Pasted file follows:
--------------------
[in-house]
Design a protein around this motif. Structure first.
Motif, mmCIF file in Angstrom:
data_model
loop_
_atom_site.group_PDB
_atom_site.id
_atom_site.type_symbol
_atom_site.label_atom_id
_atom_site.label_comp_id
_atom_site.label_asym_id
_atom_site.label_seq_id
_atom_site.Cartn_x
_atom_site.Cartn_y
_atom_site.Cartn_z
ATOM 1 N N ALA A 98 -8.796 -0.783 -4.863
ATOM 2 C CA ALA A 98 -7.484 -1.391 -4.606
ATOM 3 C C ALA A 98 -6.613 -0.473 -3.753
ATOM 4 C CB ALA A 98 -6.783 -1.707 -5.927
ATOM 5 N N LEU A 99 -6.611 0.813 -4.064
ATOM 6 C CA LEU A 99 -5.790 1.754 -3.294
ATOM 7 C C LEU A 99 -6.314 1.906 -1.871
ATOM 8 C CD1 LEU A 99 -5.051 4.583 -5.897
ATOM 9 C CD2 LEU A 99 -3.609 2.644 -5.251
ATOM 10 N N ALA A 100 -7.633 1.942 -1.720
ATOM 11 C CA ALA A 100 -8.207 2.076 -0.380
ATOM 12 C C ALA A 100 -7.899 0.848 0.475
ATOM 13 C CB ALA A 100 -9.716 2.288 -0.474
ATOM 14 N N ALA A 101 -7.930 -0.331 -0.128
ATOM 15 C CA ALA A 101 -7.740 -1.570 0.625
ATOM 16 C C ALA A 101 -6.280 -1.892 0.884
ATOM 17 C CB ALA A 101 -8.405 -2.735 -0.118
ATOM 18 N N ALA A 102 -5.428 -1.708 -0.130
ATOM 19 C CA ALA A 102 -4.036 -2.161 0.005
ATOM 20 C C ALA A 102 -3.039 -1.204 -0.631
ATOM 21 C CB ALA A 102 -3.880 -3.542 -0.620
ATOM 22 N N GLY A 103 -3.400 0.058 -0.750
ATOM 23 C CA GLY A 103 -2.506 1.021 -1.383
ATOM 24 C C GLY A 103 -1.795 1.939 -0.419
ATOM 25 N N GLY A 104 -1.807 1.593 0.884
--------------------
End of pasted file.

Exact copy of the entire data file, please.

[in-house]
Design a protein around this motif. Structure first.
Motif, mmCIF file in Angstrom:
data_model
loop_
_atom_site.group_PDB
_atom_site.id
_atom_site.type_symbol
_atom_site.label_atom_id
_atom_site.label_comp_id
_atom_site.label_asym_id
_atom_site.label_seq_id
_atom_site.Cartn_x
_atom_site.Cartn_y
_atom_site.Cartn_z
ATOM 1 N N ALA A 98 -8.796 -0.783 -4.863
ATOM 2 C CA ALA A 98 -7.484 -1.391 -4.606
ATOM 3 C C ALA A 98 -6.613 -0.473 -3.753
ATOM 4 C CB ALA A 98 -6.783 -1.707 -5.927
ATOM 5 N N LEU A 99 -6.611 0.813 -4.064
ATOM 6 C CA LEU A 99 -5.790 1.754 -3.294
ATOM 7 C C LEU A 99 -6.314 1.906 -1.871
ATOM 8 C CD1 LEU A 99 -5.051 4.583 -5.897
ATOM 9 C CD2 LEU A 99 -3.609 2.644 -5.251
ATOM 10 N N ALA A 100 -7.633 1.942 -1.720
ATOM 11 C CA ALA A 100 -8.207 2.076 -0.380
ATOM 12 C C ALA A 100 -7.899 0.848 0.475
ATOM 13 C CB ALA A 100 -9.716 2.288 -0.474
ATOM 14 N N ALA A 101 -7.930 -0.331 -0.128
ATOM 15 C CA ALA A 101 -7.740 -1.570 0.625
ATOM 16 C C ALA A 101 -6.280 -1.892 0.884
ATOM 17 C CB ALA A 101 -8.405 -2.735 -0.118
ATOM 18 N N ALA A 102 -5.428 -1.708 -0.130
ATOM 19 C CA ALA A 102 -4.036 -2.161 0.005
ATOM 20 C C ALA A 102 -3.039 -1.204 -0.631
ATOM 21 C CB ALA A 102 -3.880 -3.542 -0.620
ATOM 22 N N GLY A 103 -3.400 0.058 -0.750
ATOM 23 C CA GLY A 103 -2.506 1.021 -1.383
ATOM 24 C C GLY A 103 -1.795 1.939 -0.419
ATOM 25 N N GLY A 104 -1.807 1.593 0.884